Another drawback of fossil fuels is that because they are are finite and unevenly distributed, the competition to accrue them inevitably results in a zero-sum game causing geopolitical turmoil. Fossil fuels reserves are controlled by states rather than third-party companies and so these states can exert significant influence over their consumers. Many argue that because United States foreign policy is readily dependent on fossil fuels due to the incredible amount of energy we output on a yearly basis, the country has often times bowed down to authoritarian regimes, ultimately causing a decline in its world reputation and increasing military involvement. [3]

The dwindling supply and geopolitical turmoil of fossil fuels has led to a third problem - price volatility. Oil prices are primarily driven by market speculation caused by global events and thus are incredibly unpredictable. In the past several years, crude oil has fluctuated between $30 per barrel to $140 per barrel, making the future of oil prices difficult to sustain.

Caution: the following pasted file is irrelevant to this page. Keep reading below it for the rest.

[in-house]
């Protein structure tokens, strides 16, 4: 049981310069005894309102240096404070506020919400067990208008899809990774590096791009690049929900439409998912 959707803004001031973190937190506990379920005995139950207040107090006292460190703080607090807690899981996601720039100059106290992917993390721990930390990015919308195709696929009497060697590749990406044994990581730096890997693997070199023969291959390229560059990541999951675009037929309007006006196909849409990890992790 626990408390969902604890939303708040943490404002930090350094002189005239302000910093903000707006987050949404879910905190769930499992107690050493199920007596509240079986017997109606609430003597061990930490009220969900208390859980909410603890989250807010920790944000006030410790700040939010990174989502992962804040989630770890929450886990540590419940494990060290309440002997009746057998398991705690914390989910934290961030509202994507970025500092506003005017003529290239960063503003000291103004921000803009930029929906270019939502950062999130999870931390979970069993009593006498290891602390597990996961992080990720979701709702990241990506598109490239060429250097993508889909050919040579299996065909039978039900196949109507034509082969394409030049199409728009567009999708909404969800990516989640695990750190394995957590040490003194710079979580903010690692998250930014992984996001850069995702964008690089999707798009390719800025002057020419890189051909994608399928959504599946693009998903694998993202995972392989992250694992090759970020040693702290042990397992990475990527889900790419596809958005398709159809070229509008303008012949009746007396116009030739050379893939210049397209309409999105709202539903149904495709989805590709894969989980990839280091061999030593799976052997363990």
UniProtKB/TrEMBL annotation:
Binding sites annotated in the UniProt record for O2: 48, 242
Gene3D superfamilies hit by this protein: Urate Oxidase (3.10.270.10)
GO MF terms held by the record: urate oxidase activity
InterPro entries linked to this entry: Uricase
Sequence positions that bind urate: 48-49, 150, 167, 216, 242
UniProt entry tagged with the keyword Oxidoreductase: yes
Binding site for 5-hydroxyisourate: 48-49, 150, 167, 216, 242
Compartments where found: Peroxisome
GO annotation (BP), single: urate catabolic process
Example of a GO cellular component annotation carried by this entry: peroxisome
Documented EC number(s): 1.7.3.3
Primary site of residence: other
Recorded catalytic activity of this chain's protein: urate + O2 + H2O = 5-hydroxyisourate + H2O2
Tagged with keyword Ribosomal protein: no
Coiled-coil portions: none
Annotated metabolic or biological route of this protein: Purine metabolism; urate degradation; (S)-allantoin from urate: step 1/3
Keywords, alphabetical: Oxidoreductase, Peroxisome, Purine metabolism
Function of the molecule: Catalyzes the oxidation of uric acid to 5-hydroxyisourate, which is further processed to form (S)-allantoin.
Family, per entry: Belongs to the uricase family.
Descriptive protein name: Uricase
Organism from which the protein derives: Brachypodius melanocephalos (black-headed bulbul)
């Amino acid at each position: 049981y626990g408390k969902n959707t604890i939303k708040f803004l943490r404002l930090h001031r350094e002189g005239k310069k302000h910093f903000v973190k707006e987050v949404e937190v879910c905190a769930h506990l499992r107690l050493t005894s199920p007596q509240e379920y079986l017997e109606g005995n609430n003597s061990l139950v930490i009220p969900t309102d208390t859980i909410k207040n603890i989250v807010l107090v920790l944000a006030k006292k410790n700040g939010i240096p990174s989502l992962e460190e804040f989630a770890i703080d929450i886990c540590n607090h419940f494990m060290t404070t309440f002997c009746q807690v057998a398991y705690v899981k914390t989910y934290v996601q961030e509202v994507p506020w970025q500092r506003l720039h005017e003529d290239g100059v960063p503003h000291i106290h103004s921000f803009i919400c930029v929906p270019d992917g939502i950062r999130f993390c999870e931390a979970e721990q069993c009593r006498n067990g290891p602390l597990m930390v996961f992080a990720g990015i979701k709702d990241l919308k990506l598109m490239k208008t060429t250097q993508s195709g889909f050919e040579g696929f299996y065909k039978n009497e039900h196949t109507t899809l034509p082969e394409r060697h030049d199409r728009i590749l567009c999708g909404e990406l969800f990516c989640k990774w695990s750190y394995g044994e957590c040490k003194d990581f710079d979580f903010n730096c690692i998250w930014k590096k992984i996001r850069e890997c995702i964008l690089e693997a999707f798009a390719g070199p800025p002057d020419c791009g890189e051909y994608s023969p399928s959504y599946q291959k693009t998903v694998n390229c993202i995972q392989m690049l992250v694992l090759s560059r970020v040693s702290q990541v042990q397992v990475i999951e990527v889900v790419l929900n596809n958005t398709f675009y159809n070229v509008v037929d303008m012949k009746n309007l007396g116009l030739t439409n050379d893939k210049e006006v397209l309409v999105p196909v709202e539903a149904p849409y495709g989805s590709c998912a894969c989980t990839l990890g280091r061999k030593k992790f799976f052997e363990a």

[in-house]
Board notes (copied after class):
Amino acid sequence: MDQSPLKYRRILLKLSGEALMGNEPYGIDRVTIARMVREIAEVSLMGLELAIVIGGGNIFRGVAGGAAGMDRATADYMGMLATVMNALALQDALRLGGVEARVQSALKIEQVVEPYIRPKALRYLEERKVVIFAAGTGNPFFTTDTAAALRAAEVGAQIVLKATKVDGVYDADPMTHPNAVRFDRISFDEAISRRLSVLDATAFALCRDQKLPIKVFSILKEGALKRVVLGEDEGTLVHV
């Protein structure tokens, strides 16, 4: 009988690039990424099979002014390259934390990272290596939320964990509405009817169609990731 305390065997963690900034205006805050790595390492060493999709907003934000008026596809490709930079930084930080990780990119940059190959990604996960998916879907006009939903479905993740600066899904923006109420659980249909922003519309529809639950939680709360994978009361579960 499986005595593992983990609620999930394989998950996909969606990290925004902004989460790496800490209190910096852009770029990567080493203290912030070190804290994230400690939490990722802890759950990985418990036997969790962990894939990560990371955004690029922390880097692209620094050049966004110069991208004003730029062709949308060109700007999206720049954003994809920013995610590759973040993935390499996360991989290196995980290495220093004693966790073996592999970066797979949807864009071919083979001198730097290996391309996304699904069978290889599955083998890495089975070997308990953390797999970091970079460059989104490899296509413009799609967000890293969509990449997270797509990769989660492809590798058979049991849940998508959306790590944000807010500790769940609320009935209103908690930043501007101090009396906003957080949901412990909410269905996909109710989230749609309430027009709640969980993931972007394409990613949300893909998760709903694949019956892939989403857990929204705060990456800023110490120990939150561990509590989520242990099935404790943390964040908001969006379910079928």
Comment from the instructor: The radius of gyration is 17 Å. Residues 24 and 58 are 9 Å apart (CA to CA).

Nuclear Fusion

While there are several emerging energy technologies, a source of energy that could play a big role in energy production in the future is just emerging - nuclear fusion. Nuclear energy in the United States has been around since the 1950s, with almost 10% of the country's energy coming from 100 nuclear power plants. [4] Today's nuclear energy comes from a process known as nuclear fission, in which unstable atoms are split into pieces, ultimately releasing energy throughout the process. While efficient and inexpensive to operate, nuclear fission can result in significant amounts of radioactive waste disposal and safety concerns, such as the recent accident in Fukushima, Japan.

Yet, nuclear fusion is a promising alternative that is slowly being developed by scientists and engineers around the world. Essentially, nuclear fusion is the most basic form of energy, used by the sun and stars in our galaxy. Over the past several years, billions of dollars have been invested into nuclear fusion, a synthetic process in which two gases - deuterium and tritium - are heated to extremely hot temperatures causing the gases to transform into plasma and release great amounts of heat. Once implemented, the process of nuclear fusion is inexpensive, environmentally friendly, and limitless. The amount of energy released in fusion is 10 million times greater than the burning of fossil fuels. In addition, nuclear fusion is much easier to control than fission because there is no chain reaction, ultimately making the process safer. [5]